When Patrick Girouard was growing up his teachers constantly scolded him for drawing monsters in class. Many years later he illustrated his first book, Halloween Holiday Grab Bag, and got to put those same monsters to good use. Since then he has illustrated over one hundred books for children. They include Yikes- Lice!, winner of Science Books and Films Best Books 1999, and I Have a Weird Brother Who Digested a Fly, a Society of School Librarians International Honor Book.

   Patrick’s clients include Sesame Street Magazine, National Geographic World, Kid City, Spider, Weekly Reader, USA Today and many others. His work can be found on greeting cards, games, toys, puzzles, odd scraps of paper, the margins of newspapers, and his Mom’s refrigerator door. Patrick loves coffee and hates writing about himself in the third person.

Selected Reviews of Patrick’s Illustrated Books

Donna Caffey
Illustrations by Patrick Girouard.
   Finally, a simple, non-threatening, explanation of the nuisance of lice. Almost every child and family will encounter them somewhere in their school career whether on themselves or a classmate. Humorous text and cartoon-like drawings, simple explanations and instructions demystify this byproduct of togetherness. Each page contains text for children, but also includes more detailed explanations for adults. Complete instructions on how to rid the family of these pesky creatures is included. 1998, Albert Whitman, $13.95. Ages 3 to 8. Reviewer: Meredith Kiger, Ph.D. (Children’s Literature).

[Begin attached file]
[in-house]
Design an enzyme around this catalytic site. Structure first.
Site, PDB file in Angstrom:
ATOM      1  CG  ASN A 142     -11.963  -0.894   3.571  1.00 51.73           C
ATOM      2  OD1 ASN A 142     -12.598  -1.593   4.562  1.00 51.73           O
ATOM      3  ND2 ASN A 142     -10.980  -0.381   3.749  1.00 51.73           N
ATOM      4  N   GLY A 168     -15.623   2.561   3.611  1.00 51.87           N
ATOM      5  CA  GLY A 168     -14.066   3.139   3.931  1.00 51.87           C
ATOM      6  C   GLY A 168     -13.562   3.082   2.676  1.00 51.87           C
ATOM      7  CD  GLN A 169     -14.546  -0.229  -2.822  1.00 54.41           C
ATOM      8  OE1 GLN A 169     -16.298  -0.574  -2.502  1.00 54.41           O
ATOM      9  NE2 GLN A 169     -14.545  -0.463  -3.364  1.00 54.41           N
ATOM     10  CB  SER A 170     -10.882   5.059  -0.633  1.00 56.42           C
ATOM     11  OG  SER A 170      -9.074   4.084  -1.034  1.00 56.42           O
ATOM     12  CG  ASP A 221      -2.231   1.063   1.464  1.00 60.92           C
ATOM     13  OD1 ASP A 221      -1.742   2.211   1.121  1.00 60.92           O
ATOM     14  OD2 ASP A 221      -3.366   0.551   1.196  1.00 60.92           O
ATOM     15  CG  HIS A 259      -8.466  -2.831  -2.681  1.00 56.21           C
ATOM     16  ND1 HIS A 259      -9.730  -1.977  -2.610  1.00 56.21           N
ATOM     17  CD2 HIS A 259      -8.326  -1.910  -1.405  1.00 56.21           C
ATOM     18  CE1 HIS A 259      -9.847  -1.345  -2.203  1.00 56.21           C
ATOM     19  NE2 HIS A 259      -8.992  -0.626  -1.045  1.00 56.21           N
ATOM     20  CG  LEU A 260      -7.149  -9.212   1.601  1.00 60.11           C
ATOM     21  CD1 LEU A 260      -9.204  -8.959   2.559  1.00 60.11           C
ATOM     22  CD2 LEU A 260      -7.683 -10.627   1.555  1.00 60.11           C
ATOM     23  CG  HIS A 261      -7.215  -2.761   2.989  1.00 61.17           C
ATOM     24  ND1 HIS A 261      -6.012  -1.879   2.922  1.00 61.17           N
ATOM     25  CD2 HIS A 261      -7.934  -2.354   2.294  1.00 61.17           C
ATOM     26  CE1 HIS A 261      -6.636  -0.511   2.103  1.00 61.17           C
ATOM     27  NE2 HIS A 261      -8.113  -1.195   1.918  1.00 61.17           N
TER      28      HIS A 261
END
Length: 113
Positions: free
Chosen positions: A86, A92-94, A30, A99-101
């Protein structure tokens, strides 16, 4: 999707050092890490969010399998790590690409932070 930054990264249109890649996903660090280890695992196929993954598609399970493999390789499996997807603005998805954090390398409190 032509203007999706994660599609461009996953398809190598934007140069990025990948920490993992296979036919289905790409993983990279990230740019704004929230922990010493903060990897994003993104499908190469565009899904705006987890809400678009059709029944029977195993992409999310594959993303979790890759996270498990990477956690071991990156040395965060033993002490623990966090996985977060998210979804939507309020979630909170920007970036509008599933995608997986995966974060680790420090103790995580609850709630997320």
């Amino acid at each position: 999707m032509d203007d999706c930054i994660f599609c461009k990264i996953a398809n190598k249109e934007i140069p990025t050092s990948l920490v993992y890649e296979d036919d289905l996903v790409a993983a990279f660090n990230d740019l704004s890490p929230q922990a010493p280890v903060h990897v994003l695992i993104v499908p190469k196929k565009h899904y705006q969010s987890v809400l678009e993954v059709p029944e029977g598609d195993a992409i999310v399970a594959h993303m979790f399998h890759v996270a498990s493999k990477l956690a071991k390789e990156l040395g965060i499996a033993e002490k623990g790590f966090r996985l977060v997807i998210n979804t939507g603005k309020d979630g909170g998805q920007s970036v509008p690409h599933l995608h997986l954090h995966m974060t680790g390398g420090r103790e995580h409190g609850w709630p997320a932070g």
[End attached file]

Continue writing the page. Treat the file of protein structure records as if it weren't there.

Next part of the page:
I Have a Weird Brother Who Swallowed a Fly
Joan Holub
Illustrations by Patrick Girouard.
   This is the story of a young boy – the young storyteller’s weird brother – who swallowed a fly on a dare from his sister. The story is told in verse with paragraphs on each page describing the actual human digestive system. The descriptions are thorough but simple–“your throat squeezes together when you swallow. It pushes the food down into a tube called the esophagus.” Cartoon illustrations clarify the point, showing the esophagus like a tube of toothpaste being squeezed. While Joan Holub has provided a humorous vehicle to convey important biological concepts, teachers should beware. Half the class is likely to consider the notion of swallowing a fly “gross,” while the other half will take advantage of the comment that a big burp at the end of a meal is encouraged in some countries as a sign the food was good. 1999, Albert Whitman & Company, $13.95. Ages 5 to 8. Reviewer: Karen Leggett (Children’s Literature).

Program Details

For over ten years Patrick has enjoyed visiting schools and speaking at Young Author’s Conferences and libraries all over the country. His program includes:

  • Showing students how he illustrates a children’s book, from the moment he receives the manuscript through to publication.
  • Educating students in a fun and entertaining presentation that demonstrates how he brings a story and it’s characters to life.
  • Showing how he prepares the final art for his books using a brief slide presentation. Here he discusses tools of the trade along with his work routines, education and influences.
  • Answering any questions the children have.
  • Patrick will create drawings on the spot from the kids’ suggestions!

Special activities such as classroom visits and autograph sessions can be arranged at your request.

Additional Information

To learn more about Patrick Girouard and his publications please visit www.pgirouard.com.